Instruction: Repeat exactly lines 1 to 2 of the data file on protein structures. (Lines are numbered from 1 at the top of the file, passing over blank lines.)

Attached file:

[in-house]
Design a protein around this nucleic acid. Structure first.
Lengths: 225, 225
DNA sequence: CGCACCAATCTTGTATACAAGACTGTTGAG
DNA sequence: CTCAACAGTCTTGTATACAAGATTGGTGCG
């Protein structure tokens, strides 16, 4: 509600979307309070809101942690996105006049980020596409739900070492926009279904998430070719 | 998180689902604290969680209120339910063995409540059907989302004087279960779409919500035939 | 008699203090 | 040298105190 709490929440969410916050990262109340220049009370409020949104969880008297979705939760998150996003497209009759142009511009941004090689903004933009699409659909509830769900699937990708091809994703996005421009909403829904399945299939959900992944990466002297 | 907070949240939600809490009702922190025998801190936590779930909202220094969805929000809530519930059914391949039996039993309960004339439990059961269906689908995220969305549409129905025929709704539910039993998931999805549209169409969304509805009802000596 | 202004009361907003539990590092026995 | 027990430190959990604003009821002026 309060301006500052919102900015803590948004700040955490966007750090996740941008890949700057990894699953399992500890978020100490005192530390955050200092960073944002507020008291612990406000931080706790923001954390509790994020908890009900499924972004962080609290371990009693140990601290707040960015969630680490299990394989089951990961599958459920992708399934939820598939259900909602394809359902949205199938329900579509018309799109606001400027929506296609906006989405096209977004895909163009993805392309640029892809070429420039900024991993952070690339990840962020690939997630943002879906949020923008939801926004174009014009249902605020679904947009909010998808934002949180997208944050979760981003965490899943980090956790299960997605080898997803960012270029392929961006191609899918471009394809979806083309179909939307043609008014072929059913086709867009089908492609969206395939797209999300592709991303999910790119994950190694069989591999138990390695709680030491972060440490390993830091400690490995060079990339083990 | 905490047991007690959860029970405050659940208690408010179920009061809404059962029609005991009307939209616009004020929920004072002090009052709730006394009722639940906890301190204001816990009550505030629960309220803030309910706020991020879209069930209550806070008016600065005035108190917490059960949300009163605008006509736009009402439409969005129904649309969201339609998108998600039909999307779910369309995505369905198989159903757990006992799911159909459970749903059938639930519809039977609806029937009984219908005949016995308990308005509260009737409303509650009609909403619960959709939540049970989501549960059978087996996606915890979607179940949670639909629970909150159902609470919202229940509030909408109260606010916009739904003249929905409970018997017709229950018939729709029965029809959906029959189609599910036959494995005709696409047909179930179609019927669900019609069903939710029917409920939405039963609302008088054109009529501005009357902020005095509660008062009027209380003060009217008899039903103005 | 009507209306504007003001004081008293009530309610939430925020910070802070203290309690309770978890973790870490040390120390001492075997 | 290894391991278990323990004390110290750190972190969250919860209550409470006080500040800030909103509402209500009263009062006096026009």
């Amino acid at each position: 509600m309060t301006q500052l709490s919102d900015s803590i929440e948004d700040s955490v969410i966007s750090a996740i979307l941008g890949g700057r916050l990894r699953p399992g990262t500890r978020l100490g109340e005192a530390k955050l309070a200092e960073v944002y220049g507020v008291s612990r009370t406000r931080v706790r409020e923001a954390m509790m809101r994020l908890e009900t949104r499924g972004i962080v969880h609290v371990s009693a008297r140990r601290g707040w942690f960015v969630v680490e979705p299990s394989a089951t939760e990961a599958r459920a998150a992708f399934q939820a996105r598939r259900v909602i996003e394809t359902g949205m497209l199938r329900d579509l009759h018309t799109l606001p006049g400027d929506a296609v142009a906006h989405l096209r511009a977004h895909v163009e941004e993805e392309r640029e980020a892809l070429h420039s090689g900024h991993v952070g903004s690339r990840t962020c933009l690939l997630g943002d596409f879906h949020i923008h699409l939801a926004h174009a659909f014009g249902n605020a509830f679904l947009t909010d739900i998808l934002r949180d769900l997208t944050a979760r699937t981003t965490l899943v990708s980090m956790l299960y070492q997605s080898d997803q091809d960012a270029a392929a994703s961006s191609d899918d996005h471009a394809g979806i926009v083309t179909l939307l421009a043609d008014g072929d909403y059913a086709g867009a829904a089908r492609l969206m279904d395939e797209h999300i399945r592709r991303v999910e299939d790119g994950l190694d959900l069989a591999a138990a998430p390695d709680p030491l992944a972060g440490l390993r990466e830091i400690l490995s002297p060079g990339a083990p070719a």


[in-house]
Design a protein around this nucleic acid. Structure first.